HBH Maintenance Day (4)

About the Kelvin


At any time of the year, a walk along the banks of the Kelvin is one of the most rewarding experiences Glasgow has to offer. Today we take for granted the benefits that the Kelvin brings to visitors and to all of us who live or work in the west of Glasgow. But it is only in recent years that the River has become treasured as a rich natural habitat and a place of unspoiled beauty in the heart of the city.

Fifty years ago, the River Kelvin was dead – a chemical sewer poisoned by the products of decades of industry. Following the closure of the paper mills, chemical and dye works in the 50s and 60s, it has taken thirty years of cleansing rainfall to heal the damage. Now the fish have returned and its tree lined banks provide cover for dippers, kingfishers and other birds. The botanist will find a wide variety of plants, many of them rare and even exotic.

The Kelvin provides a unique environment in Glasgow, which needs to be protected and improved.

The River Kelvin is about 35km long (22 miles) long. It flows from the Dullatur Bog near the village of Kelvinhead to the east of Kilsyth to its confluence with the Clyde in Glasgow

Of the many burns that flow into the river there are three main tributaries, the Glazert Water, the Luggie water, and the Allander Water.

The Kelvin Valley

From Kelvinhead the River Kelvin flows in an almost straight line to the southwest. The Kelvin flows through a broad valley between the Kilsyth Hills and the high ground to the south. Although its former meandering course has been straightened by centuries of farming, it flows slowly through the valley. At Bardowie and the confluence of the Allander Water the river suddenly turns south, a result of being dammed by sand and gravel washed out from melting glacier.

Between 105 and 142AD the Kelvin Valley formed part of the northern boundary of the Roman Empire. The Antonine Wall named after their emperor, stretched between the Clyde and the Forth. It was predominantly built from wood and earth, and had bridges over the Kelvin at Balmuildy, and the Luggie in Kirkintilloch, both of which have long since gone.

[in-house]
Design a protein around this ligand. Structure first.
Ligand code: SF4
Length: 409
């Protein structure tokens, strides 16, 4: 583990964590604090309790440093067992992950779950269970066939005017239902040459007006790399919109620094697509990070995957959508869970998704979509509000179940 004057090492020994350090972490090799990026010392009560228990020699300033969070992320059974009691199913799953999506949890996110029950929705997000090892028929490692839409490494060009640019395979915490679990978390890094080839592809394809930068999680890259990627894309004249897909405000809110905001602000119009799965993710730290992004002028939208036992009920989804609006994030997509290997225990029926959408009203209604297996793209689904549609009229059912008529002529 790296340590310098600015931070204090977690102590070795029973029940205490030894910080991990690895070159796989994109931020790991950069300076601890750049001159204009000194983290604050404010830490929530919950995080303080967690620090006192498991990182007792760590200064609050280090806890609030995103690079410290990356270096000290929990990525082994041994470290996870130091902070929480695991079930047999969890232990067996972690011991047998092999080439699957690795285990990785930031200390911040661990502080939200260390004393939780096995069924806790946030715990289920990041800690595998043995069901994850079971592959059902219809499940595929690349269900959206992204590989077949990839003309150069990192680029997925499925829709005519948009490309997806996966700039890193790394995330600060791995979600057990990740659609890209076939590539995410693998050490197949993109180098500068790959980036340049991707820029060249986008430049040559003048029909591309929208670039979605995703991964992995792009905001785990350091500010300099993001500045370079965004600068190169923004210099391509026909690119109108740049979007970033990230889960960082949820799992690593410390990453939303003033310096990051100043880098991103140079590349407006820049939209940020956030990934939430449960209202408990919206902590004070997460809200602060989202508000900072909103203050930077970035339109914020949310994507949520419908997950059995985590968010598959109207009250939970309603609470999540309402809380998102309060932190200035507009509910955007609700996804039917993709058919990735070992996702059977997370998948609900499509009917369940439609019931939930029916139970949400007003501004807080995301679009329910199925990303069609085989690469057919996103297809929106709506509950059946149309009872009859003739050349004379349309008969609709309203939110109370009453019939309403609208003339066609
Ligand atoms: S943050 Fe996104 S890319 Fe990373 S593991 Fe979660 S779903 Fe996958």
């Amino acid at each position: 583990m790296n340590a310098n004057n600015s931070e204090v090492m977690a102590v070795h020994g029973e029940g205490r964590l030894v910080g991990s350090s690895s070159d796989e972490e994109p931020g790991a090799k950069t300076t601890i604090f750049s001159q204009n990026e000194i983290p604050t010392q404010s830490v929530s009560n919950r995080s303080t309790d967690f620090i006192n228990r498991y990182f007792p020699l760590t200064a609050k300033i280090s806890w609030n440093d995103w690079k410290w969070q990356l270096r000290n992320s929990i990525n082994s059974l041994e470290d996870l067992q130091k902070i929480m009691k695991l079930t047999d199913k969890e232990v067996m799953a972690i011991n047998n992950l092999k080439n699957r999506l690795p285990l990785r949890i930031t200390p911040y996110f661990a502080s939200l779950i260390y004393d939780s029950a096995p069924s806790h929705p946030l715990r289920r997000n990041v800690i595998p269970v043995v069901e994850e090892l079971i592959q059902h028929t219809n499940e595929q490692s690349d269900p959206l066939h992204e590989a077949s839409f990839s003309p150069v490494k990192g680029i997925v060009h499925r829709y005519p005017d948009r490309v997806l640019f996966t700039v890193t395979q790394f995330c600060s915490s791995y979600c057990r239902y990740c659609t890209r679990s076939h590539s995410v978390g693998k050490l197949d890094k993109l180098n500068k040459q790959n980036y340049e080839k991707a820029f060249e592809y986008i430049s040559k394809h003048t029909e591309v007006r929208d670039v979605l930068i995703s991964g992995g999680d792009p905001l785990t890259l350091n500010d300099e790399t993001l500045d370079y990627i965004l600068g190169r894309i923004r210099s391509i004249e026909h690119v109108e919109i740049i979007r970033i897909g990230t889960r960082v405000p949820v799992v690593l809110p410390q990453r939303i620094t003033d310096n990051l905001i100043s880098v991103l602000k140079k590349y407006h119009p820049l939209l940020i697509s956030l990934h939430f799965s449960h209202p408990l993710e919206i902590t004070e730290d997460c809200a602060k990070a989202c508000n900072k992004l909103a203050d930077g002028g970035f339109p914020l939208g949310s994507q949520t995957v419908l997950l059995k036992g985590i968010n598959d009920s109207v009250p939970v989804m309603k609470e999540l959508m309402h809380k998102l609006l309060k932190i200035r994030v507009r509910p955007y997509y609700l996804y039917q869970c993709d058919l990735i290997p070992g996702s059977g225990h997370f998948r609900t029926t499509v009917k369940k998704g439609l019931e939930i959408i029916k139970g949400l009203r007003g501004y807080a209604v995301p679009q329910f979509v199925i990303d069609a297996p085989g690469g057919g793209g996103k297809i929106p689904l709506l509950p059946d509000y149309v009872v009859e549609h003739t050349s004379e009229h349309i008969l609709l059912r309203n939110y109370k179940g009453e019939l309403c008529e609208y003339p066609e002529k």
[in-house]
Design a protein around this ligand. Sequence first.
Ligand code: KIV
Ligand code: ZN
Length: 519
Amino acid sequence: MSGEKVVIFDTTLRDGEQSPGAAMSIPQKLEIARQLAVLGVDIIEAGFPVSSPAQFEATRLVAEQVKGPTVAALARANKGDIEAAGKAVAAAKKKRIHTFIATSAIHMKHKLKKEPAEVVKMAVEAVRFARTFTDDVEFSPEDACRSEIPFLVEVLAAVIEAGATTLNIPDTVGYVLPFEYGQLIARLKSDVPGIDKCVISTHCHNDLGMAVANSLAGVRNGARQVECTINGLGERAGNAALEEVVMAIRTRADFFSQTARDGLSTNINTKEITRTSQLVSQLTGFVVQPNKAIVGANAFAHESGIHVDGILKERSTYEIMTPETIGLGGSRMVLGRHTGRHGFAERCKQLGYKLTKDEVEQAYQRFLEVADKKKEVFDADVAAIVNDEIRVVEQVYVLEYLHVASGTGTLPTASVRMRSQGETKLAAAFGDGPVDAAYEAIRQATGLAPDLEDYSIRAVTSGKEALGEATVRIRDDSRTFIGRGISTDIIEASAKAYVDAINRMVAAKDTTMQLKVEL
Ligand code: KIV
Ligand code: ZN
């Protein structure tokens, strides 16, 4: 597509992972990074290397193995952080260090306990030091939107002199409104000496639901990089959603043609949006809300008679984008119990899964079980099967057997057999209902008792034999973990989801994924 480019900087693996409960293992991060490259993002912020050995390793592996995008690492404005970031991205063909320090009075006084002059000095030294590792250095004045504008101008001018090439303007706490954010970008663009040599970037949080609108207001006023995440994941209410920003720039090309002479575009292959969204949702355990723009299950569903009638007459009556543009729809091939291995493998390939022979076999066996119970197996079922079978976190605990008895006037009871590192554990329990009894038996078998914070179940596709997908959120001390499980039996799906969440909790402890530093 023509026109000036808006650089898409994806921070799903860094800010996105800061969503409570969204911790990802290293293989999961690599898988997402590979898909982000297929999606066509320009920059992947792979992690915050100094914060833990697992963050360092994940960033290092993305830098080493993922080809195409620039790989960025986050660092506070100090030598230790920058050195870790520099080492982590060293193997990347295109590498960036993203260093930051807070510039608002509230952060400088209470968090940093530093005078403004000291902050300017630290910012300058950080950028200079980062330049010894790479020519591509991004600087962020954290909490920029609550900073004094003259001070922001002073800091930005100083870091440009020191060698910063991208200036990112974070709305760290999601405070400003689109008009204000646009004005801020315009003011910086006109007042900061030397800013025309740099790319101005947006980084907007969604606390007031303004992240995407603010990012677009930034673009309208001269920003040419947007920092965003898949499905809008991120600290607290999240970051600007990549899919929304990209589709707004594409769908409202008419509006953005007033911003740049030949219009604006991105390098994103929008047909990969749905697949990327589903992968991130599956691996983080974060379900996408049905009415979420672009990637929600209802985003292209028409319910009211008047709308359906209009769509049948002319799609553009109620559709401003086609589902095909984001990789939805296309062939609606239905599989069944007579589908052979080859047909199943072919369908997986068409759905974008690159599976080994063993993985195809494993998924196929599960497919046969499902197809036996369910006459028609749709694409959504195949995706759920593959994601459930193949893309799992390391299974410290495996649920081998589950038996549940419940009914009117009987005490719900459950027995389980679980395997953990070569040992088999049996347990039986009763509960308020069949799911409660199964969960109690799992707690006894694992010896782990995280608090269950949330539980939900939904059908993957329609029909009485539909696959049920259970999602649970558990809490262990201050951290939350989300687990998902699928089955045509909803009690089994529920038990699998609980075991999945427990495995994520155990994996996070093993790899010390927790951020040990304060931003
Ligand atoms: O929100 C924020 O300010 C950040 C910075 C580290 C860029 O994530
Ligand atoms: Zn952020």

The Kelvin Valley aside from being a defensive structure, has also served as a line of communication. With roads, railways and the Forth and Clyde canal using it as a route from western to eastern Scotland.

The River Kelvin in Glasgow

At Bardowie near where the Antonine Wall crossed the Kelvin, the former south westerly course of the river abruptly changes and the river flows south towards Glasgow. At Killermont the gradient of the river changes sharply too, and the former slow flowing Kelvin enters a deep gorge through which it rushes. The gorge opens out again at Kelvinbridge, but the river maintains its new found speed to its confluence with the Clyde.

Between Bardowie and Killermont

From the confluence of the Kelvin and the Allander Water at Bardowie, the River Kelvin forms the boundary of Glasgow. Apart from a spur from the city which crosses the Kelvin at Balmuildy, the river remains the boundary until it fully enters the city at Killermont. The Kelvin is slow and deep at this point before it begins its rush through Glasgow. Generally people and industries have avoided building on its banks along this stretch, which are prone to flooding. In spite of this the Romans chose a spot near the present day Balmuildy Bridge to site their own. A bridge that helped form part of the Antonine Wall.

Between Killermont and Dawsholm

At Killermont the river Kelvin fully enters the city of Glasgow. It is also at Killermont that we first encounter on the Kelvin milling. The buildings of the saw mill at Killermont are some of the few remaining on the Kelvin. Most others have been demolished.